Neuroscience researchers from Tufts University have found that our star-shaped brain cells, called astrocytes, may be responsible for the rapid improvement in mood in depressed patients after acute sleep deprivation. This in vivo study, published in the current issue of Translational Psychiatry, identified how astrocytes regulate a neurotransmitter involved in sleep. The researchers report that the findings may help lead to the development of effective and fast-acting drugs to treat depression, particularly in psychiatric emergencies.
Drugs are widely used to treat depression, but often take weeks to work effectively. Sleep deprivation, however, has been shown to be effective immediately in approximately 60% of patients with major depressive disorders. Although widely-recognized as helpful, it is not always ideal because it can be uncomfortable for patients, and the effects are not long-lasting.
During the 1970s, research verified the effectiveness of acute sleep deprivation for treating depression, particularly deprivation of rapid eye movement sleep, but the underlying brain mechanisms were not known.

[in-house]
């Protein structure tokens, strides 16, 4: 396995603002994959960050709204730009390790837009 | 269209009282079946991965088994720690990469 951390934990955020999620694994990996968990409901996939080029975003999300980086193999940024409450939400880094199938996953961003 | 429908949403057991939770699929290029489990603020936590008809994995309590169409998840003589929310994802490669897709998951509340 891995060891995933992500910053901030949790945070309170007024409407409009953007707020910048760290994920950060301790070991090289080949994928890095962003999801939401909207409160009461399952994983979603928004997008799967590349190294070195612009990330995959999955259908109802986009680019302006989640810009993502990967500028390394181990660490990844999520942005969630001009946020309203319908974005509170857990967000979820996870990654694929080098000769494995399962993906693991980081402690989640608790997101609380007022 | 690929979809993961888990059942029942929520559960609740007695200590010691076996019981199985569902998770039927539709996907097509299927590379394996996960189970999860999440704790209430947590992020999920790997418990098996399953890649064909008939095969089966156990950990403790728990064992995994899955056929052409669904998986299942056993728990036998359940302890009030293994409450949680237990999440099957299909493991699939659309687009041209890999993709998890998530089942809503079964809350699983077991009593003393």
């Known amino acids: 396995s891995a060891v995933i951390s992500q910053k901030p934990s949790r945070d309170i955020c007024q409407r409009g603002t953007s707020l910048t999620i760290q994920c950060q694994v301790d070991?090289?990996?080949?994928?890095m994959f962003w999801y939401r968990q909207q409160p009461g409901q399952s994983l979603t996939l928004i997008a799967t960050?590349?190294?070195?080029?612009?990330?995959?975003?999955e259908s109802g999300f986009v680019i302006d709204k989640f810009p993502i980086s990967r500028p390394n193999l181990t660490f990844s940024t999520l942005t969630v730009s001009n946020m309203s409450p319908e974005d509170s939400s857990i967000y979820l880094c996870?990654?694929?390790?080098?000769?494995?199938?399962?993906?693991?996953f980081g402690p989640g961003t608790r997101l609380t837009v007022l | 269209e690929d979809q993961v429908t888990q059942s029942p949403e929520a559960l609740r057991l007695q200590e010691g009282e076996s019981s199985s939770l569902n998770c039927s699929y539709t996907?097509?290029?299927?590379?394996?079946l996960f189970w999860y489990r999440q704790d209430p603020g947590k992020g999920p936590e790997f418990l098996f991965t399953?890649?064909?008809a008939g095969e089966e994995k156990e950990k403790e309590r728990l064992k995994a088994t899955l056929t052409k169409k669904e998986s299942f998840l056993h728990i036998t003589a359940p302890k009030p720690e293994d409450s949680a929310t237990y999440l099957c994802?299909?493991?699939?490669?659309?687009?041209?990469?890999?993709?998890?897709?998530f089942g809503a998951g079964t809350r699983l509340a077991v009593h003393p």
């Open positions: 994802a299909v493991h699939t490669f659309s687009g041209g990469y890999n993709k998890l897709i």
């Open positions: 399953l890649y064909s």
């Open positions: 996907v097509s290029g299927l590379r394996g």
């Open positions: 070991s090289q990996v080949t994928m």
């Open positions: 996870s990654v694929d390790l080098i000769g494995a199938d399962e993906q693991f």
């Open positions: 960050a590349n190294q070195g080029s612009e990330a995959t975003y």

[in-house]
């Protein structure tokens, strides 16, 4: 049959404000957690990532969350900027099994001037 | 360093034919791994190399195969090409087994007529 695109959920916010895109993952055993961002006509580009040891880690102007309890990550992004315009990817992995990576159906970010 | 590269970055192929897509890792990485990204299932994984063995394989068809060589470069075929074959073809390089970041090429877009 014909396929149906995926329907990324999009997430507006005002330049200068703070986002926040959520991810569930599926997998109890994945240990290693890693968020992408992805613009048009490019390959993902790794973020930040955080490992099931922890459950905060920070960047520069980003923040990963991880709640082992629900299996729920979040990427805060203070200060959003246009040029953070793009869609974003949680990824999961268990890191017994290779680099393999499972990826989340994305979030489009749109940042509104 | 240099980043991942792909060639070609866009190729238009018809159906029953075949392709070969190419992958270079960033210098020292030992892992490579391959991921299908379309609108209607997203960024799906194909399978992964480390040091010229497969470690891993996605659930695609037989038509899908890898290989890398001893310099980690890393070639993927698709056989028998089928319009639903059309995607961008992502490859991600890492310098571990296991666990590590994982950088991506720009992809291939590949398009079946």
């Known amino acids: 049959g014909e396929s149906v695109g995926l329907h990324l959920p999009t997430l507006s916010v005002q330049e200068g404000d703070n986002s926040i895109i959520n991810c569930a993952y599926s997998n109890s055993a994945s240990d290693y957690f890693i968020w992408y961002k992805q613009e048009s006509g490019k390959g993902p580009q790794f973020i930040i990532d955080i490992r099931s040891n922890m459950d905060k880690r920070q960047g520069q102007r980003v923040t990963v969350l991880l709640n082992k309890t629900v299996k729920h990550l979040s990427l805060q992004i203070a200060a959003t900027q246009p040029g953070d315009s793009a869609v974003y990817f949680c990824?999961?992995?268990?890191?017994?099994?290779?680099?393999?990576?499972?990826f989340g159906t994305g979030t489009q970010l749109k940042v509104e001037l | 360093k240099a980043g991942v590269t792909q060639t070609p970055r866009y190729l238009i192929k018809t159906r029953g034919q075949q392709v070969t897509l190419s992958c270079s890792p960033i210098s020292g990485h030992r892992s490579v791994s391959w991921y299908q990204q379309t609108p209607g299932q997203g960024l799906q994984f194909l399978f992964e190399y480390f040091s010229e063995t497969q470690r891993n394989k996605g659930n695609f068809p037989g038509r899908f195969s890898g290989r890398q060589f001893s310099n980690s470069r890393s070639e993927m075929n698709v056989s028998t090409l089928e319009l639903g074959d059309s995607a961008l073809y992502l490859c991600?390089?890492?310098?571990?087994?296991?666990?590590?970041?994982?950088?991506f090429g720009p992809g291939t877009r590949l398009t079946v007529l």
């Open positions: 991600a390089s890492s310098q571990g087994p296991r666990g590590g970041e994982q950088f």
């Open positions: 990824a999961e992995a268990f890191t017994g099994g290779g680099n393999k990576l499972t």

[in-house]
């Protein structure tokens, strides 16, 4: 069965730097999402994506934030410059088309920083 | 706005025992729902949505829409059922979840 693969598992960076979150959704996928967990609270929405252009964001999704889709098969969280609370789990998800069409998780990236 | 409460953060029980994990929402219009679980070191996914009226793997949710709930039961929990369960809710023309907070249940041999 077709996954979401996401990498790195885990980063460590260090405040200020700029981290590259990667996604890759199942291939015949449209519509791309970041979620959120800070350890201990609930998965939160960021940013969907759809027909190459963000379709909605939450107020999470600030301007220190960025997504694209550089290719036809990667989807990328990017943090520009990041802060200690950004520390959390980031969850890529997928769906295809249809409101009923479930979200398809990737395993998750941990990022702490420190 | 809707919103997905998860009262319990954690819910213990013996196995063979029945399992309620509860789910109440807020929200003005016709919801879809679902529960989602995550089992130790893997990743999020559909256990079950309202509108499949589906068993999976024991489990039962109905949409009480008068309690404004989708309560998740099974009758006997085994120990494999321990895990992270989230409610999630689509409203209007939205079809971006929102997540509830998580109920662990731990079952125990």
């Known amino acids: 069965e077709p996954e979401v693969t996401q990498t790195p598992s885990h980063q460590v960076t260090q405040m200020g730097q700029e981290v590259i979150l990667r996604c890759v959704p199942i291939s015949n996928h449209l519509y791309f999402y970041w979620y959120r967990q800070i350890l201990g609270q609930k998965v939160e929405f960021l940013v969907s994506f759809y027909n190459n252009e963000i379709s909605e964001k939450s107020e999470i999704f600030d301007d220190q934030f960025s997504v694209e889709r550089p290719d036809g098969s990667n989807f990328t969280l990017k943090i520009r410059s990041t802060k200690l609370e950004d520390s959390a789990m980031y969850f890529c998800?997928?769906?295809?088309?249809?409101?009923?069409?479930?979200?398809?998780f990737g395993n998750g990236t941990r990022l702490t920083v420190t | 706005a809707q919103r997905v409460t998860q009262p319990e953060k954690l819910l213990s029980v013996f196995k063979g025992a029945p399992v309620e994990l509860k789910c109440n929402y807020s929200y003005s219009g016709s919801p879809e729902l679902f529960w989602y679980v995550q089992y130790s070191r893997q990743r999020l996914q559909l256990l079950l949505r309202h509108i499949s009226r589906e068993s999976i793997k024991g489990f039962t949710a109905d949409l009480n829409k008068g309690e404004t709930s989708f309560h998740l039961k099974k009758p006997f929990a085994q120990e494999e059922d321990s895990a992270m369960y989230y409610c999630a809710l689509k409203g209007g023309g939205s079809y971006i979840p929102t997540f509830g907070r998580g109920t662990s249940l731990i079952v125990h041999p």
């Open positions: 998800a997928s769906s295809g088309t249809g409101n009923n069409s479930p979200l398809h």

Most of what we understand of the brain has come from research on neurons, but another type of largely-ignored cell, called glia, are their partners. Although historically thought of as a support cell for neurons, the Phil Haydon group at Tufts University School of Medicine has shown in animal models that a type of glia, called astrocytes, affect behavior.
Haydon's team had established previously that astrocytes regulate responses to sleep deprivation by releasing neurotransmitters that regulate neurons. This regulation of neuronal activity affects the sleep-wake cycle. Specifically, astrocytes act on adenosine receptors on neurons. Adenosine is a chemical known to have sleep-inducing effects.
During our waking hours, adenosine accumulates and increases the urge to sleep, known as sleep pressure. Chemicals, such as caffeine, are adenosine receptor antagonists and promote wakefulness. In contrast, an adenosine receptor agonist creates sleepiness.